40% of Fraser Coast road deaths occur on the Bruce Hwy
THE Bruce Hwy claimed more than 40% of all lives lost on Fraser Coast roads over about 14 years.
Between January 2001 and March 2014, 133 people died on the region's roads - 55 of them in crashes on the Bruce Hwy.
Most deaths in that period took place on the coast's major highways and thoroughfares with 11 people killed on the Maryborough-Hervey Bay Rd and five on Booral Rd.
RACQ safety expert Steve Spalding said upgrading roads could save lives, and money, in the long run.
"When you factor in the cost of fatalities and serious injuries to the community, which runs into the billions of dollars, suddenly the cost of upgrading a road becomes much less significant than it seems," he said.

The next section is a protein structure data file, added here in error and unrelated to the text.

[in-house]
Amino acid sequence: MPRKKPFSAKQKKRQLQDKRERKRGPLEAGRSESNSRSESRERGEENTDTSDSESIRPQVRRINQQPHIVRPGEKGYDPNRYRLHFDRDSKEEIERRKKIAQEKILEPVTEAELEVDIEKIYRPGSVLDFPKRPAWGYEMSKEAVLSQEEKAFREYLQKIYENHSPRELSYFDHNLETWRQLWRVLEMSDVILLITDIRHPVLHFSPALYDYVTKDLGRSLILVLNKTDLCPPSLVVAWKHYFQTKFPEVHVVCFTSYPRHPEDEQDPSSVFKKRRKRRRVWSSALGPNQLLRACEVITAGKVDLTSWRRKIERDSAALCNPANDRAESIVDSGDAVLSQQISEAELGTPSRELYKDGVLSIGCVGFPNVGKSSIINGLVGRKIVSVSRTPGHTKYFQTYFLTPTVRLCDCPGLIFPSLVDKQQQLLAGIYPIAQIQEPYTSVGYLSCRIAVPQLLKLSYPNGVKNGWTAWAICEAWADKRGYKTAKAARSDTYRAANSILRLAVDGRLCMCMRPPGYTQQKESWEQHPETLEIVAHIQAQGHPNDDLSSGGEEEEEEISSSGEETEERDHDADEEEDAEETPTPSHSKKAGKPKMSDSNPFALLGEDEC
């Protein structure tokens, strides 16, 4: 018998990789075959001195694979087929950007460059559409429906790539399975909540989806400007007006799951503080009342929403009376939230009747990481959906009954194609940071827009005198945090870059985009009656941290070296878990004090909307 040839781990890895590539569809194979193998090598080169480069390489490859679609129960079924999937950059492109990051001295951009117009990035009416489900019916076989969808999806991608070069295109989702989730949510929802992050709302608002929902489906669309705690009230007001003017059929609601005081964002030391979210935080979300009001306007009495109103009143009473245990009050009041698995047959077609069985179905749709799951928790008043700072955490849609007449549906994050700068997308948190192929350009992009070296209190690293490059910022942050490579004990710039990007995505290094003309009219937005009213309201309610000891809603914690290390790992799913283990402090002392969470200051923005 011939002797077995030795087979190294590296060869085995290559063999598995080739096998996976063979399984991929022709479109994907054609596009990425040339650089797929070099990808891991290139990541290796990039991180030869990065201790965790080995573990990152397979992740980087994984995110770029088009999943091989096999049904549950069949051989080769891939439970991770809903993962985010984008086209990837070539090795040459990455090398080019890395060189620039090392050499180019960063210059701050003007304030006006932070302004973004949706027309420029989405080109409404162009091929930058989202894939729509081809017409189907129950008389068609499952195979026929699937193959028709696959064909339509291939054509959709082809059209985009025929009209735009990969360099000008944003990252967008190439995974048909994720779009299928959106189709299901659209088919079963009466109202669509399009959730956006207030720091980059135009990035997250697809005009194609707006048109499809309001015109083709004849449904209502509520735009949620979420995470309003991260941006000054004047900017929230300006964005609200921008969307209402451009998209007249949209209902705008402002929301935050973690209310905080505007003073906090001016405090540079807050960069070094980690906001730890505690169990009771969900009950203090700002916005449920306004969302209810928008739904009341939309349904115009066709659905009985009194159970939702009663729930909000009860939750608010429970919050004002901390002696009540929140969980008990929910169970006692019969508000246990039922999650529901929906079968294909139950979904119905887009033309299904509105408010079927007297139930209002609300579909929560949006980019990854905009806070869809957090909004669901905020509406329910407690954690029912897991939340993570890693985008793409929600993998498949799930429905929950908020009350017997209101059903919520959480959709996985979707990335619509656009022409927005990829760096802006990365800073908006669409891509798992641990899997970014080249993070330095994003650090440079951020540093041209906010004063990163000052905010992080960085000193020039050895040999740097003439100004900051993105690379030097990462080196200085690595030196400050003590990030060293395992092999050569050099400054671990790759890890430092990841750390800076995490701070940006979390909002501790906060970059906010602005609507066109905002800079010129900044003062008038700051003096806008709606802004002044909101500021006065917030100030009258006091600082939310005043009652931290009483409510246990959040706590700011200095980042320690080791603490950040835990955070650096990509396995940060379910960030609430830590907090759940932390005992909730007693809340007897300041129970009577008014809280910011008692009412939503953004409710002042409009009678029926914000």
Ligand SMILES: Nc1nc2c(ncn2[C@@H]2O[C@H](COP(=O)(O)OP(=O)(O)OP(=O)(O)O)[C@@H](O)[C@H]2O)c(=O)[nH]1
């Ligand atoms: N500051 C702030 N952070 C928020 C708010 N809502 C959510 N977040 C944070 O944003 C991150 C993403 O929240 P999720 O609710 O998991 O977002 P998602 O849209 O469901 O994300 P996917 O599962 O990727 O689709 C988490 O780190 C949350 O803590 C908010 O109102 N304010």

Mr Spalding said high speed limits and more traffic made highways much more dangerous than other roads.
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He said fatigue from driving long distances and driver distraction - often from checking mobile phones - was leading to crashes.
"People are unfortunately wedded to their phones. Driver distraction is a huge issue," he said.
But Mr Spalding said no matter how good roads were, nearly all serious crashes involved driver error and some crashes could not be avoided.
"There are those still you can't control - people who ignore the rules, who drink-drive or worse still drug-drive," he said.
"Even the best roads - with the best vehicle and best driver - won't be able to stop that."
The Centre for Accident Research and Road Safety Queensland's Dr Judy Fleiter said bad driving habits led to a lot of deaths on regional roads.
"If your experience of a lifetime's driving tells you that you can get from A to B with two hours sleep with nothing bad happening, then we think we can always do that," she said.
"I think we are eternal optimists. If it hasn't happened to you in the past we assume it won't happen ever. All it takes is for one roo to jump out, one truck to swerve, loose gravel where you don't expect it and you could crash."